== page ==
Anti-corruption video raises eyebrows in Russia

 

An animated video depicting a vigilante murder has become an Internet sensation in Russia, Radio Free Europe reports.

 

Since being reposted on YouTube last week, the video has gotten more than 280,000 views and pages of comments. It has also been reposted on several domestic and international news sites, including RFE.

 

The video opens with a young man sitting behind bars on a defendant's bench while a judge reads out a verdict. An older man, presumably the defendant’s father, whispers to the weeping woman next to him, “Don't worry everything has been paid for.”

 

After the man is acquitted, a joyous scene outside the courtroom ends when a woman approaches the defendant and shoots him dead.

 

The video ends with the message, “In prison, he'd still be alive. By encouraging corruption, we take a risk.”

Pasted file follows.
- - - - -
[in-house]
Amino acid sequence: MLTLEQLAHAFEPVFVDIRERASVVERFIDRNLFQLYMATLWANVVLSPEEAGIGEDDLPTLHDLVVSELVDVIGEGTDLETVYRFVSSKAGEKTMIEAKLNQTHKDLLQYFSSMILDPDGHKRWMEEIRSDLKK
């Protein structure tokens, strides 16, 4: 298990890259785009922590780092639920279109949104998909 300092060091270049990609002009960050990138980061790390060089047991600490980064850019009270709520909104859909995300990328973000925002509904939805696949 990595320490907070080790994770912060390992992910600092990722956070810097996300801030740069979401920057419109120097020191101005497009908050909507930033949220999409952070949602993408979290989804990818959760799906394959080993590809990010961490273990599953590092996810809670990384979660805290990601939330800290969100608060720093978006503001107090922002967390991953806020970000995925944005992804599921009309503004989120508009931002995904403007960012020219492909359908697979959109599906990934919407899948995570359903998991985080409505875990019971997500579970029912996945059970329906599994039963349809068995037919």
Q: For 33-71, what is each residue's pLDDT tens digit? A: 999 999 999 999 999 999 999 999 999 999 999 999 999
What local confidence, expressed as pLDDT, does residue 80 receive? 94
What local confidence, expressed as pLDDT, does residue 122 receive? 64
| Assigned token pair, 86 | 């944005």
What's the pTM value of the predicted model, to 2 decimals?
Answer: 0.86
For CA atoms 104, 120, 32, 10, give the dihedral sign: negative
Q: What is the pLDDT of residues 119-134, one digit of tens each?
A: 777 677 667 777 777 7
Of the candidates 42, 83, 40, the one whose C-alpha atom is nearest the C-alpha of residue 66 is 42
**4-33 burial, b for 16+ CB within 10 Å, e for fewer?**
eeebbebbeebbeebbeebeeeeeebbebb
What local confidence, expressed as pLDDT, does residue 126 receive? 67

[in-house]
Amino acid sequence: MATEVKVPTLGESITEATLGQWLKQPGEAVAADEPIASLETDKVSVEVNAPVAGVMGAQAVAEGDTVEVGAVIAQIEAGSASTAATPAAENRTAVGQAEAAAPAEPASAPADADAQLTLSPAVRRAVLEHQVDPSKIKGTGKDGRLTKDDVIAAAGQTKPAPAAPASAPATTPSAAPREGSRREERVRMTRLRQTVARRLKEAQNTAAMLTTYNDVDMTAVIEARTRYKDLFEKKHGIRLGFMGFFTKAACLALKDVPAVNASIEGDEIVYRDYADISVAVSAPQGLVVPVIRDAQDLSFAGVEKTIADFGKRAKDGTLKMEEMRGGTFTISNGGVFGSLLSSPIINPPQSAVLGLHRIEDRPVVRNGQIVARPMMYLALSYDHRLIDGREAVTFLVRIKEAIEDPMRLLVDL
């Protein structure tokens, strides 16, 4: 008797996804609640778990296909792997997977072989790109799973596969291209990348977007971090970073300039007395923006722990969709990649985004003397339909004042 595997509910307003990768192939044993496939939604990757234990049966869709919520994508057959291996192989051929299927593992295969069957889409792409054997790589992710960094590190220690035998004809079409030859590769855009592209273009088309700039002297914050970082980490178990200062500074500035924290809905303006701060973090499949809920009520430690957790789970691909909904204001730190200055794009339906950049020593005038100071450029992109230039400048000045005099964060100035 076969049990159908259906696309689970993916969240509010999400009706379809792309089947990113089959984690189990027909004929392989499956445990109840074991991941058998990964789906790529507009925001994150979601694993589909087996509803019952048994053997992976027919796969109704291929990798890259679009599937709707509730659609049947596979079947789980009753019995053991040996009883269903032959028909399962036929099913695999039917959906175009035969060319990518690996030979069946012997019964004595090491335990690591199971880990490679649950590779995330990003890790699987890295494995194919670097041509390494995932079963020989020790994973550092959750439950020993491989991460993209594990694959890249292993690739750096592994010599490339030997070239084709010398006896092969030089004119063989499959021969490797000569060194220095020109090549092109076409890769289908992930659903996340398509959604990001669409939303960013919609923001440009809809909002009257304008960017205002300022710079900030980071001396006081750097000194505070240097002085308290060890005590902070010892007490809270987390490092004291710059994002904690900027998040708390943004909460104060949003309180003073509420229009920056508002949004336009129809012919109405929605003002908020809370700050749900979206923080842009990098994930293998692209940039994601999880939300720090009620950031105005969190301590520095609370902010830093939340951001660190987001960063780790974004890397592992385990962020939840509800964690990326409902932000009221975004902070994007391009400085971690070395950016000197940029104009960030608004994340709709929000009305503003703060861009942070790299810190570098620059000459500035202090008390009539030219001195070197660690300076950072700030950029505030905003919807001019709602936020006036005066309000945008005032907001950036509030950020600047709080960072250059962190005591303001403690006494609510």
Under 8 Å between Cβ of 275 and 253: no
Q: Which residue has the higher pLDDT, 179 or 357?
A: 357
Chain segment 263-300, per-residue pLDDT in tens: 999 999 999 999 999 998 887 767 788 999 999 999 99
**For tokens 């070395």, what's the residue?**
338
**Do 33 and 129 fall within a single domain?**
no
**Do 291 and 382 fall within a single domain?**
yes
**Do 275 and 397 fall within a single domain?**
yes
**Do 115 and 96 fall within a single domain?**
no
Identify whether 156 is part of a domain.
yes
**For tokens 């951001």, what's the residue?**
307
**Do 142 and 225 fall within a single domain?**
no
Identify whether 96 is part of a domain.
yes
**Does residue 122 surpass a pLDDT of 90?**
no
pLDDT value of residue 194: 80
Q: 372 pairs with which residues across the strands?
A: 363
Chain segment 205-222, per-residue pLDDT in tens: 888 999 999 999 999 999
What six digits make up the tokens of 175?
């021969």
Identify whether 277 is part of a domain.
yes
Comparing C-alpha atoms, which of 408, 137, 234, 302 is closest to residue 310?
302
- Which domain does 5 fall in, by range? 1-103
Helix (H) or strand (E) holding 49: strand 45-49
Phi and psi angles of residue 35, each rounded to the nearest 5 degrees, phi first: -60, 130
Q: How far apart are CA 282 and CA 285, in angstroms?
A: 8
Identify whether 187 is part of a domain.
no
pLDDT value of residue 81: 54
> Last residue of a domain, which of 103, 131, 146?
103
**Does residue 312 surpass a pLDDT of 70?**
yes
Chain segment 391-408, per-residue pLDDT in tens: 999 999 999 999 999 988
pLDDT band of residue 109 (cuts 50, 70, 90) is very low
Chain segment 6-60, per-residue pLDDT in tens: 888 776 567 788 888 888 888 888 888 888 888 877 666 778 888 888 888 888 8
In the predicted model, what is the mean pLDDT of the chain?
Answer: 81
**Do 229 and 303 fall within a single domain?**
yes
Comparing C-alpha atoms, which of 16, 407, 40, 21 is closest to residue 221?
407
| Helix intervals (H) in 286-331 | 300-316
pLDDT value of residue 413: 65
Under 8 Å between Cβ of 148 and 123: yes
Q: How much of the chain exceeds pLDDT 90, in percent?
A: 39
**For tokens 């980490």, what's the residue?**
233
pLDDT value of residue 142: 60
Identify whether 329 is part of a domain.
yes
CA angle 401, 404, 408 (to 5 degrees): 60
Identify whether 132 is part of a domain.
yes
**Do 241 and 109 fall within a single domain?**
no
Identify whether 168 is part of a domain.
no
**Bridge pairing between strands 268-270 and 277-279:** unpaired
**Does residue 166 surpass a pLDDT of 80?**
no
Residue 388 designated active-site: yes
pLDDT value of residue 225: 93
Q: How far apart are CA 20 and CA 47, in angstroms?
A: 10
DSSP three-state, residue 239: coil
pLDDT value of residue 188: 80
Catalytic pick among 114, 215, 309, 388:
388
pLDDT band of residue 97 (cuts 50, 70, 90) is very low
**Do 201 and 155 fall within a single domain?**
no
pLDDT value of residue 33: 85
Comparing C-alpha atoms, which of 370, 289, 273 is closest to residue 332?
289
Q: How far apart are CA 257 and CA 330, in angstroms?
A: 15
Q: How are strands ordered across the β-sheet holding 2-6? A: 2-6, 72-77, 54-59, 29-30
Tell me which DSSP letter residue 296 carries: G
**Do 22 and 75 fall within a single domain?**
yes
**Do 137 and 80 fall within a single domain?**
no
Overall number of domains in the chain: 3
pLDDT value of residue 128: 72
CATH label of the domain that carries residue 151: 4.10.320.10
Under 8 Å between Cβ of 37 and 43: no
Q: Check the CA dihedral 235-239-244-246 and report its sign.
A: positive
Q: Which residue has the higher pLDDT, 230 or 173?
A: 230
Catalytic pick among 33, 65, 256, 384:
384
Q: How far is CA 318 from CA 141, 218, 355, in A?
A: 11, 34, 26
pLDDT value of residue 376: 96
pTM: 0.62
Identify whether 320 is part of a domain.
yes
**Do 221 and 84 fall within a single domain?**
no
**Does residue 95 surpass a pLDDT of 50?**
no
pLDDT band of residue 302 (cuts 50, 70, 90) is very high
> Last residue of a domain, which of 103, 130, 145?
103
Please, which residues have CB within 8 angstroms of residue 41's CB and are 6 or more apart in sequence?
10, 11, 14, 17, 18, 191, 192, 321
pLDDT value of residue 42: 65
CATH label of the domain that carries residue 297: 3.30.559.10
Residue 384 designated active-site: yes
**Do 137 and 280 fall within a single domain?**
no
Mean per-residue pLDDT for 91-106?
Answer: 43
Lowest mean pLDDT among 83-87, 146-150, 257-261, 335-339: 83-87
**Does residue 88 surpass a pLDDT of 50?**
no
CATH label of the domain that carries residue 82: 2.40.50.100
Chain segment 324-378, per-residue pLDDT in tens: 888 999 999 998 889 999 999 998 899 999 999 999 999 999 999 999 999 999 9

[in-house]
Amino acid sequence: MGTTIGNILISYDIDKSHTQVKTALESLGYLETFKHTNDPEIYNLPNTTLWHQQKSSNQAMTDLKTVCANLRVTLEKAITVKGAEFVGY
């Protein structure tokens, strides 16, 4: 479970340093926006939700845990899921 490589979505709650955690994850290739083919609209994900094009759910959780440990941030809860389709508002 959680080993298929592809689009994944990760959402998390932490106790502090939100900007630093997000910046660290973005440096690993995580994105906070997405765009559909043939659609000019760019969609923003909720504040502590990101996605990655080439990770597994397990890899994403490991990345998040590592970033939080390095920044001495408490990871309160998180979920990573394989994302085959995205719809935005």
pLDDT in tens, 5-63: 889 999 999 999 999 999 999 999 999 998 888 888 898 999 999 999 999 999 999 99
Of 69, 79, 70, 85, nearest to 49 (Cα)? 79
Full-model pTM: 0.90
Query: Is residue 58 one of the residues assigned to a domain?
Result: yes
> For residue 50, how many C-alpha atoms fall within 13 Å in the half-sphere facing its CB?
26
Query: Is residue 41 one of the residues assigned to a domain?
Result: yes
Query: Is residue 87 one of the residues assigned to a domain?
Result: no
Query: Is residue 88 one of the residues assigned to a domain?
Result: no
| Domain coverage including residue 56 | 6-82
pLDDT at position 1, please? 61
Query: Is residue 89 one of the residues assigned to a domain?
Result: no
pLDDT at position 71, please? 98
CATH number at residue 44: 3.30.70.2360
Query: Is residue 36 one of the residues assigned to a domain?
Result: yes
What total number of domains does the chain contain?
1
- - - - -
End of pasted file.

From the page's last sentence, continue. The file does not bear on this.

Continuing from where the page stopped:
The video was created by Yury Ataev, a board member of the animation and cinematography fund in Daghestan, according to gazeta.ru. Daghestan is a republic in Russia’s North Caucasus beset by poverty, corruption, and religious and separatist violence.

 

Ataev said Daghestan’s Committee for Press and Mass Communications commissioned the production of the video two years ago.

 

Ataev told gazeta.ru that he posted the video on YouTube two years ago but that it caught public attention when it was reposted by someone else last week.